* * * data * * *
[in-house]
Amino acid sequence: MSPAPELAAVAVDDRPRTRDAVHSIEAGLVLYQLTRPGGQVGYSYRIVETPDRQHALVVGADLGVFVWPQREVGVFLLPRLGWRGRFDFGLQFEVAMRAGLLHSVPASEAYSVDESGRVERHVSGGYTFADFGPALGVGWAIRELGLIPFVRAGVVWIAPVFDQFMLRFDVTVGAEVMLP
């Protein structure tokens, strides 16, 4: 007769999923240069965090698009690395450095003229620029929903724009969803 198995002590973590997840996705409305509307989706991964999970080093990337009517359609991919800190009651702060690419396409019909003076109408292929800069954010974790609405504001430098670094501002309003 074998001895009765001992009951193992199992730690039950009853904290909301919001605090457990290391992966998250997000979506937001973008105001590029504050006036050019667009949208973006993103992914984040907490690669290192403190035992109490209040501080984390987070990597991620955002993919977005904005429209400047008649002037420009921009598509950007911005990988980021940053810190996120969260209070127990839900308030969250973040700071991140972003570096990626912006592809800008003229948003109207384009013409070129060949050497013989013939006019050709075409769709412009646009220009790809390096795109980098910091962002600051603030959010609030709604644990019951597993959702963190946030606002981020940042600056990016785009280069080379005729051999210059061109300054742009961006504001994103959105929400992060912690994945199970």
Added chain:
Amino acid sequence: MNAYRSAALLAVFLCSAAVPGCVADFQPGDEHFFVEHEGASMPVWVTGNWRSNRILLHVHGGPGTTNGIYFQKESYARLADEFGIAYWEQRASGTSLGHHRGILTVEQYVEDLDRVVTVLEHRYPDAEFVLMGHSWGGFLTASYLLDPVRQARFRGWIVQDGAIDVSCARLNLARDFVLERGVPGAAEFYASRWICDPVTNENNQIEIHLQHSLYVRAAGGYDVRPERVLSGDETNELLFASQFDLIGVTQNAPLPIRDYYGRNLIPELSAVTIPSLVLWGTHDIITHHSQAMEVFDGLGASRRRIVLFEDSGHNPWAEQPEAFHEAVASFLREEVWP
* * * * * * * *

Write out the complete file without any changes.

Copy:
[in-house]
Amino acid sequence: MSPAPELAAVAVDDRPRTRDAVHSIEAGLVLYQLTRPGGQVGYSYRIVETPDRQHALVVGADLGVFVWPQREVGVFLLPRLGWRGRFDFGLQFEVAMRAGLLHSVPASEAYSVDESGRVERHVSGGYTFADFGPALGVGWAIRELGLIPFVRAGVVWIAPVFDQFMLRFDVTVGAEVMLP
């Protein structure tokens, strides 16, 4: 007769999923240069965090698009690395450095003229620029929903724009969803 198995002590973590997840996705409305509307989706991964999970080093990337009517359609991919800190009651702060690419396409019909003076109408292929800069954010974790609405504001430098670094501002309003 074998001895009765001992009951193992199992730690039950009853904290909301919001605090457990290391992966998250997000979506937001973008105001590029504050006036050019667009949208973006993103992914984040907490690669290192403190035992109490209040501080984390987070990597991620955002993919977005904005429209400047008649002037420009921009598509950007911005990988980021940053810190996120969260209070127990839900308030969250973040700071991140972003570096990626912006592809800008003229948003109207384009013409070129060949050497013989013939006019050709075409769709412009646009220009790809390096795109980098910091962002600051603030959010609030709604644990019951597993959702963190946030606002981020940042600056990016785009280069080379005729051999210059061109300054742009961006504001994103959105929400992060912690994945199970």
Added chain:
Amino acid sequence: MNAYRSAALLAVFLCSAAVPGCVADFQPGDEHFFVEHEGASMPVWVTGNWRSNRILLHVHGGPGTTNGIYFQKESYARLADEFGIAYWEQRASGTSLGHHRGILTVEQYVEDLDRVVTVLEHRYPDAEFVLMGHSWGGFLTASYLLDPVRQARFRGWIVQDGAIDVSCARLNLARDFVLERGVPGAAEFYASRWICDPVTNENNQIEIHLQHSLYVRAAGGYDVRPERVLSGDETNELLFASQFDLIGVTQNAPLPIRDYYGRNLIPELSAVTIPSLVLWGTHDIITHHSQAMEVFDGLGASRRRIVLFEDSGHNPWAEQPEAFHEAVASFLREEVWP